The Lost Dog

Personal development
10 Jan 2023

Recently a dog was lost on the moor above the village where I live. The moor is popular with dog walkers and the little Labradoodle was out and about with its owners when four much bigger dogs ran over to say hello.

The Labradoodle became frightened and took flight into the nearby pine plantation and wouldn’t come back when called. The owners were distraught and, despite the cold, slept in their car nearby for two weeks whilst they searched for their dog.

Help came from an amazing group of people who find lost dogs. They set out camera traps on the moor and in the woods; and put feeding stations at key places. The dog was spotted on the camera traps but was repeatedly frightened again by contact with people and other dogs, and kept running and hiding.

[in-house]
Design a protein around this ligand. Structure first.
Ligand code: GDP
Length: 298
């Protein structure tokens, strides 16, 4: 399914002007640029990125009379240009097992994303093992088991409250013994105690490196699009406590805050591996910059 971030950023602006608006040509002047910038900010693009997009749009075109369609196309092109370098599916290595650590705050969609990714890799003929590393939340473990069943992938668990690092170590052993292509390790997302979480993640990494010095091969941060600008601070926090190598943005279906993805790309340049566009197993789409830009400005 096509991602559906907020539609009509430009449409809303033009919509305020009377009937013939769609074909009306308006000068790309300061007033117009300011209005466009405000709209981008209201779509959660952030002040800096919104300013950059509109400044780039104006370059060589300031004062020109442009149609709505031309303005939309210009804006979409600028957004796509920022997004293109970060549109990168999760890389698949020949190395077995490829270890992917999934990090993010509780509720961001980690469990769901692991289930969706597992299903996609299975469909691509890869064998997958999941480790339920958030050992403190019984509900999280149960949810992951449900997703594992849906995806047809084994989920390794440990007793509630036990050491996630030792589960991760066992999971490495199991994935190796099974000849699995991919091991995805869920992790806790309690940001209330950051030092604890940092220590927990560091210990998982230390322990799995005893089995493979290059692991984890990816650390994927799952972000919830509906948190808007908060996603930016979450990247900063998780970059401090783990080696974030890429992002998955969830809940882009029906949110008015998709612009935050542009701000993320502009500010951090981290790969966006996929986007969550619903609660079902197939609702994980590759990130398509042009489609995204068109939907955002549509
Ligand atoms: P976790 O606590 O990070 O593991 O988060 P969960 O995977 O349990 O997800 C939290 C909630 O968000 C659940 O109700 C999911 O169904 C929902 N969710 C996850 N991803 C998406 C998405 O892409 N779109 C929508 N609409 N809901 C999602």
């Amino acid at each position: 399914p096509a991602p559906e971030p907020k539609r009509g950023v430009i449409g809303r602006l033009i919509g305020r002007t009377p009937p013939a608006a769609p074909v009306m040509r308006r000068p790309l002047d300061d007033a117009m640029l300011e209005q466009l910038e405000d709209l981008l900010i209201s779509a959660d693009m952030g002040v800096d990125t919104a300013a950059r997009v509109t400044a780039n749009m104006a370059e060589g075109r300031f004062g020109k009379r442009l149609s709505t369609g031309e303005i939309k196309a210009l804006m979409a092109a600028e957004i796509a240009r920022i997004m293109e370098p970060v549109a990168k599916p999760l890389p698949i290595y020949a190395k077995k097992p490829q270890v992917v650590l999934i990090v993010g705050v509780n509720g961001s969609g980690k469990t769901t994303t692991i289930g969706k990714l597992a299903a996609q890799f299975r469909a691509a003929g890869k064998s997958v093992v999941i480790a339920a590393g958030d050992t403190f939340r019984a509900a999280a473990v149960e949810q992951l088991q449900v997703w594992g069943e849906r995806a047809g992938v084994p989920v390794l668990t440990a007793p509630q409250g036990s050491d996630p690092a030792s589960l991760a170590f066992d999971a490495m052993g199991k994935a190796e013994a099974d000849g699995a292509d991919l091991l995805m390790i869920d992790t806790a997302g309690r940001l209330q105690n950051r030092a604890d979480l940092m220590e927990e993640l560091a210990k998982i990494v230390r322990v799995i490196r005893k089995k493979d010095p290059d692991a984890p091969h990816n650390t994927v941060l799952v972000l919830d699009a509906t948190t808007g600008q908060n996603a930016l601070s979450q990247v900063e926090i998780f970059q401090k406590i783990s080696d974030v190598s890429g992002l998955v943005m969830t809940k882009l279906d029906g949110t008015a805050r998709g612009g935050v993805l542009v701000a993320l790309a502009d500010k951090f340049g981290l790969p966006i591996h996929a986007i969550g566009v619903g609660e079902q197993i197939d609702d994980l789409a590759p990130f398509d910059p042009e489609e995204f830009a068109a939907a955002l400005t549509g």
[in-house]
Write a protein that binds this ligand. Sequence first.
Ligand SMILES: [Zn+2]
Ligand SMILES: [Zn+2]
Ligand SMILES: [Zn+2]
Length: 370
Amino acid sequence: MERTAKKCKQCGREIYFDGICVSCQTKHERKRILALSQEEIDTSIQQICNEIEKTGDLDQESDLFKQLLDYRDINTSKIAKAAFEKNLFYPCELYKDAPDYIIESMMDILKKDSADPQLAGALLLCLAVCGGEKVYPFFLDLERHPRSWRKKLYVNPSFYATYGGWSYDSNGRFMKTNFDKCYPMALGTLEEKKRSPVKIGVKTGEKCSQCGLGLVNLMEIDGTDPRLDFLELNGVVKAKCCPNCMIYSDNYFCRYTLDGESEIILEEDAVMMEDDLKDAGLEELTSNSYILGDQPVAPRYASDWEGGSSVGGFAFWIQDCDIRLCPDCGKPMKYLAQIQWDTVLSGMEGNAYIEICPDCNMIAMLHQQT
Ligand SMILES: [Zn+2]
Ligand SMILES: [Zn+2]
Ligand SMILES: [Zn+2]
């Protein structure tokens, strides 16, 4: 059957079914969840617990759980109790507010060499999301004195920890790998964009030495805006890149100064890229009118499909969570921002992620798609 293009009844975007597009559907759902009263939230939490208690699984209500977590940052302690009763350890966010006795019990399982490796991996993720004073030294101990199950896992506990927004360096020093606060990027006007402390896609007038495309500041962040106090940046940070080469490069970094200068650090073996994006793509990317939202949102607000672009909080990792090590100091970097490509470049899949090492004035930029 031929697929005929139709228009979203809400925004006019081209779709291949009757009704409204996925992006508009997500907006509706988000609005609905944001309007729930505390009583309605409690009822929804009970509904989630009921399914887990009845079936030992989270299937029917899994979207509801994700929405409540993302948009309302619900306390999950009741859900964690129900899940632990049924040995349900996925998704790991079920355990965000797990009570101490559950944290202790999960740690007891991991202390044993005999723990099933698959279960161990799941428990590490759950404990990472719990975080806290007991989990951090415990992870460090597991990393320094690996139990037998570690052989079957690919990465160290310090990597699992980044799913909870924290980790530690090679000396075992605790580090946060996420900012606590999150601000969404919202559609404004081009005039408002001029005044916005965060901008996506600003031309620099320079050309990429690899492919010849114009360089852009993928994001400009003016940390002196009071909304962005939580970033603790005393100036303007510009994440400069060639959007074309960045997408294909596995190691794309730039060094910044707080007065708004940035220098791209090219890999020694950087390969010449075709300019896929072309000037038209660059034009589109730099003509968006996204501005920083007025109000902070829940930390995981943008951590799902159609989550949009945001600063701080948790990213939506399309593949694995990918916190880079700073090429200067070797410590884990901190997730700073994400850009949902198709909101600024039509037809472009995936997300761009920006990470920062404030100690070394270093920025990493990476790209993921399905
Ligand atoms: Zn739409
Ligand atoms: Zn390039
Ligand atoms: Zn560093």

The lost dog finders explained that the Labradoodle was in full instinctive ‘flight and survival’ mode. Any contact made them run away again.

The story ends well. After nearly three weeks of living wild, the Labradoodle was lured into a cage with food and was joyfully reunited with its owners. Everyone was very happy.

The lost dog’s behaviour resonated with me as I know ‘flight and survival’ mode very well. Past traumatic events and experiences can give rise to overwhelming anxiety and I run and hide, just as the Labradoodle did.

I don’t think rationally in this state. I explained to a psychiatrist that when I’m trying to cross a road, I feel that every car is going to hit me. There’s no logic to it and I just have to wait for the anxiety to subside.

The lost dog story was helpful because now I know that it’s a normal natural behaviour. It’s not a syndrome, condition or disorder with a fancy name. It’s instinct.

Do you experience periods of overwhelming anxiety and how do you overcome them if you do?

Rowan on the moor

A Moodscope member

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